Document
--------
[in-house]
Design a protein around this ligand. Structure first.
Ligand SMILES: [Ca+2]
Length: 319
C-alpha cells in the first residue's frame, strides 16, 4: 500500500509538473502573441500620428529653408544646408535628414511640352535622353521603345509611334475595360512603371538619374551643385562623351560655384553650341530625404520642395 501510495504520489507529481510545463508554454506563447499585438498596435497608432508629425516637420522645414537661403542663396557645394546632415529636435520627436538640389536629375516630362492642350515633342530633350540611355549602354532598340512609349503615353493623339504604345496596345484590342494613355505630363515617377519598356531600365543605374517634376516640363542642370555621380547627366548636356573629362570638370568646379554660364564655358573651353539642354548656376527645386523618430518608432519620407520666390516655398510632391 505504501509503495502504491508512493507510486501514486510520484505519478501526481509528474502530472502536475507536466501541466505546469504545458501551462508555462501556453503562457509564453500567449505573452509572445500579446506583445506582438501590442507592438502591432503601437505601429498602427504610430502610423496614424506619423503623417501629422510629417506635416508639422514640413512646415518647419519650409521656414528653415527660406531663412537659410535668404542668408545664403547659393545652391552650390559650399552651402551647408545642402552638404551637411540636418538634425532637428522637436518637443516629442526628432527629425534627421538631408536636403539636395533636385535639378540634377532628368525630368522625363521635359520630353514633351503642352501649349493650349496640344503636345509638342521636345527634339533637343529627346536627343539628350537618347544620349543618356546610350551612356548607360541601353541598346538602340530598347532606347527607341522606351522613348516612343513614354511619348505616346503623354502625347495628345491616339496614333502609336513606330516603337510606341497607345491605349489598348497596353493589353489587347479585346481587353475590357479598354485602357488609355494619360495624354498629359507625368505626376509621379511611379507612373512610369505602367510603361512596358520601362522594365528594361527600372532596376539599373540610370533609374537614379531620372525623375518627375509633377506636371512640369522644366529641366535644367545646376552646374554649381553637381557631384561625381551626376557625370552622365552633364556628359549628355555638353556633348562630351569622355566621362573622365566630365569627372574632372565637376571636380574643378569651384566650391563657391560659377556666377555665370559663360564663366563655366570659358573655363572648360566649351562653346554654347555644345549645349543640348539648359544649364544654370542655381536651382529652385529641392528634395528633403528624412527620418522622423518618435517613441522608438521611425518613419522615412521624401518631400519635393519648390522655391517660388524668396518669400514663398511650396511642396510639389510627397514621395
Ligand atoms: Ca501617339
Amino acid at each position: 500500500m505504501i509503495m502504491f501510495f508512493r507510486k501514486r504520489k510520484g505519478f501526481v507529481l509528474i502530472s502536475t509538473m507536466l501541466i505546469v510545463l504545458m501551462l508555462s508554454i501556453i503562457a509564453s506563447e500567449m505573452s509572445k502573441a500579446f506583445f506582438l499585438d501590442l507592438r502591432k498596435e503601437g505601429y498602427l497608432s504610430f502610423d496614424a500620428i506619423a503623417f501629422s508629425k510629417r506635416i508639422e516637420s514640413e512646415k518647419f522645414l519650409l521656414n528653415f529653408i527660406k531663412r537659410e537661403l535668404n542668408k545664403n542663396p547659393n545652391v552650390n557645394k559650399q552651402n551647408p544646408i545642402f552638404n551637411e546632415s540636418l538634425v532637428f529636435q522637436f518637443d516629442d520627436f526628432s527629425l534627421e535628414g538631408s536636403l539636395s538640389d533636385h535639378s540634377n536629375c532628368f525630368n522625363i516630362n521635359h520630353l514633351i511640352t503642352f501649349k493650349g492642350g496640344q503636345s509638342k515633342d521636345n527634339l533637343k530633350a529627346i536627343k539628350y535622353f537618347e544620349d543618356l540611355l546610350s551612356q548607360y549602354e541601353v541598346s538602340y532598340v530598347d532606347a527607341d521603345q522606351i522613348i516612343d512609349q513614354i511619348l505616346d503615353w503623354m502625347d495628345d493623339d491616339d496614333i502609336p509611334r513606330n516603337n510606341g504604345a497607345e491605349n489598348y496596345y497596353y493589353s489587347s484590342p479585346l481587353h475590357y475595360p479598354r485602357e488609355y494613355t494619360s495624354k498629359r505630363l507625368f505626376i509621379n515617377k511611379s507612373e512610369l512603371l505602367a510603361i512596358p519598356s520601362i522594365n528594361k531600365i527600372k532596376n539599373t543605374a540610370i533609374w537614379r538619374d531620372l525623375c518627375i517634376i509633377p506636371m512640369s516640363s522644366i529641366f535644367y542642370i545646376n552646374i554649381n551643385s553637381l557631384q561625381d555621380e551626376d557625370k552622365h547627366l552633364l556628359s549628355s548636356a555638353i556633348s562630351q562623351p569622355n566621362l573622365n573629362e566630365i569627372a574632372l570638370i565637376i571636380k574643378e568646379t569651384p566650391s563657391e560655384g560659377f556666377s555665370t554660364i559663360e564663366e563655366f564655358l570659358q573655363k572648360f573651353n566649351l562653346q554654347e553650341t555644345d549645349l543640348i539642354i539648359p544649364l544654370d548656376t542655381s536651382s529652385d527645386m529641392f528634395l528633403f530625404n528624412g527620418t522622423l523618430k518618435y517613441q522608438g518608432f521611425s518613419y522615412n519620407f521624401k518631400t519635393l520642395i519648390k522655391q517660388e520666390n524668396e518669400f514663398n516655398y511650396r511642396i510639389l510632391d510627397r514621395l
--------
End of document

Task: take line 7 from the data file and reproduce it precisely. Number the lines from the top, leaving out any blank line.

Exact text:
Amino acid at each position: 500500500m505504501i509503495m502504491f501510495f508512493r507510486k501514486r504520489k510520484g505519478f501526481v507529481l509528474i502530472s502536475t509538473m507536466l501541466i505546469v510545463l504545458m501551462l508555462s508554454i501556453i503562457a509564453s506563447e500567449m505573452s509572445k502573441a500579446f506583445f506582438l499585438d501590442l507592438r502591432k498596435e503601437g505601429y498602427l497608432s504610430f502610423d496614424a500620428i506619423a503623417f501629422s508629425k510629417r506635416i508639422e516637420s514640413e512646415k518647419f522645414l519650409l521656414n528653415f529653408i527660406k531663412r537659410e537661403l535668404n542668408k545664403n542663396p547659393n545652391v552650390n557645394k559650399q552651402n551647408p544646408i545642402f552638404n551637411e546632415s540636418l538634425v532637428f529636435q522637436f518637443d516629442d520627436f526628432s527629425l534627421e535628414g538631408s536636403l539636395s538640389d533636385h535639378s540634377n536629375c532628368f525630368n522625363i516630362n521635359h520630353l514633351i511640352t503642352f501649349k493650349g492642350g496640344q503636345s509638342k515633342d521636345n527634339l533637343k530633350a529627346i536627343k539628350y535622353f537618347e544620349d543618356l540611355l546610350s551612356q548607360y549602354e541601353v541598346s538602340y532598340v530598347d532606347a527607341d521603345q522606351i522613348i516612343d512609349q513614354i511619348l505616346d503615353w503623354m502625347d495628345d493623339d491616339d496614333i502609336p509611334r513606330n516603337n510606341g504604345a497607345e491605349n489598348y496596345y497596353y493589353s489587347s484590342p479585346l481587353h475590357y475595360p479598354r485602357e488609355y494613355t494619360s495624354k498629359r505630363l507625368f505626376i509621379n515617377k511611379s507612373e512610369l512603371l505602367a510603361i512596358p519598356s520601362i522594365n528594361k531600365i527600372k532596376n539599373t543605374a540610370i533609374w537614379r538619374d531620372l525623375c518627375i517634376i509633377p506636371m512640369s516640363s522644366i529641366f535644367y542642370i545646376n552646374i554649381n551643385s553637381l557631384q561625381d555621380e551626376d557625370k552622365h547627366l552633364l556628359s549628355s548636356a555638353i556633348s562630351q562623351p569622355n566621362l573622365n573629362e566630365i569627372a574632372l570638370i565637376i571636380k574643378e568646379t569651384p566650391s563657391e560655384g560659377f556666377s555665370t554660364i559663360e564663366e563655366f564655358l570659358q573655363k572648360f573651353n566649351l562653346q554654347e553650341t555644345d549645349l543640348i539642354i539648359p544649364l544654370d548656376t542655381s536651382s529652385d527645386m529641392f528634395l528633403f530625404n528624412g527620418t522622423l523618430k518618435y517613441q522608438g518608432f521611425s518613419y522615412n519620407f521624401k518631400t519635393l520642395i519648390k522655391q517660388e520666390n524668396e518669400f514663398n516655398y511650396r511642396i510639389l510632391d510627397r514621395l